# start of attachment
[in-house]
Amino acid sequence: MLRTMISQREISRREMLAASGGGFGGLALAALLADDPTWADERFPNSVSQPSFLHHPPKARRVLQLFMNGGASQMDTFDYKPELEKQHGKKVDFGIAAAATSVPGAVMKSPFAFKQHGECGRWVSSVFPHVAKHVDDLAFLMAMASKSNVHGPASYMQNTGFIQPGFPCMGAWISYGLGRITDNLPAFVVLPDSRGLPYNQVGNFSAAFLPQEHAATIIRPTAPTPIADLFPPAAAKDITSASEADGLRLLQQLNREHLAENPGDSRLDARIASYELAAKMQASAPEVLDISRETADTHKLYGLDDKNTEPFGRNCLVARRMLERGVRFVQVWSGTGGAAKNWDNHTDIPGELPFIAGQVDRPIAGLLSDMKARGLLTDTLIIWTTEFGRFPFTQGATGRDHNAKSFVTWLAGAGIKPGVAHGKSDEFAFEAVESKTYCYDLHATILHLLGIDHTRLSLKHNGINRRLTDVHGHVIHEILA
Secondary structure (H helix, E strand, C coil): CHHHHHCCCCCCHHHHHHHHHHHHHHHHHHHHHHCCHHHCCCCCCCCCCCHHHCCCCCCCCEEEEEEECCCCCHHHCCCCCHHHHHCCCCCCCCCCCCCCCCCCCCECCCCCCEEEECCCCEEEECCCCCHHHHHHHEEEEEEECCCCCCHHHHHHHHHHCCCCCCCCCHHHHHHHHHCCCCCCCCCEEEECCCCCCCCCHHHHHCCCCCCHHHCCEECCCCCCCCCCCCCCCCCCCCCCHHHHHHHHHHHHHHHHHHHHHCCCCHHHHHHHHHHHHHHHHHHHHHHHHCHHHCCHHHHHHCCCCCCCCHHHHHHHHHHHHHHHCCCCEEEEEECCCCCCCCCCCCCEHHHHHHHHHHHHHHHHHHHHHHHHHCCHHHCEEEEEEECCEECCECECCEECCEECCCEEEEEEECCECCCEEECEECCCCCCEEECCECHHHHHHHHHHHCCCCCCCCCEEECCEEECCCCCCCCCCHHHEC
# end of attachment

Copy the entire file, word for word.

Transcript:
[in-house]
Amino acid sequence: MLRTMISQREISRREMLAASGGGFGGLALAALLADDPTWADERFPNSVSQPSFLHHPPKARRVLQLFMNGGASQMDTFDYKPELEKQHGKKVDFGIAAAATSVPGAVMKSPFAFKQHGECGRWVSSVFPHVAKHVDDLAFLMAMASKSNVHGPASYMQNTGFIQPGFPCMGAWISYGLGRITDNLPAFVVLPDSRGLPYNQVGNFSAAFLPQEHAATIIRPTAPTPIADLFPPAAAKDITSASEADGLRLLQQLNREHLAENPGDSRLDARIASYELAAKMQASAPEVLDISRETADTHKLYGLDDKNTEPFGRNCLVARRMLERGVRFVQVWSGTGGAAKNWDNHTDIPGELPFIAGQVDRPIAGLLSDMKARGLLTDTLIIWTTEFGRFPFTQGATGRDHNAKSFVTWLAGAGIKPGVAHGKSDEFAFEAVESKTYCYDLHATILHLLGIDHTRLSLKHNGINRRLTDVHGHVIHEILA
Secondary structure (H helix, E strand, C coil): CHHHHHCCCCCCHHHHHHHHHHHHHHHHHHHHHHCCHHHCCCCCCCCCCCHHHCCCCCCCCEEEEEEECCCCCHHHCCCCCHHHHHCCCCCCCCCCCCCCCCCCCCECCCCCCEEEECCCCEEEECCCCCHHHHHHHEEEEEEECCCCCCHHHHHHHHHHCCCCCCCCCHHHHHHHHHCCCCCCCCCEEEECCCCCCCCCHHHHHCCCCCCHHHCCEECCCCCCCCCCCCCCCCCCCCCCHHHHHHHHHHHHHHHHHHHHHCCCCHHHHHHHHHHHHHHHHHHHHHHHHCHHHCCHHHHHHCCCCCCCCHHHHHHHHHHHHHHHCCCCEEEEEECCCCCCCCCCCCCEHHHHHHHHHHHHHHHHHHHHHHHHHCCHHHCEEEEEEECCEECCECECCEECCEECCCEEEEEEECCECCCEEECEECCCCCCEEECCECHHHHHHHHHHHCCCCCCCCCEEECCEEECCCCCCCCCCHHHEC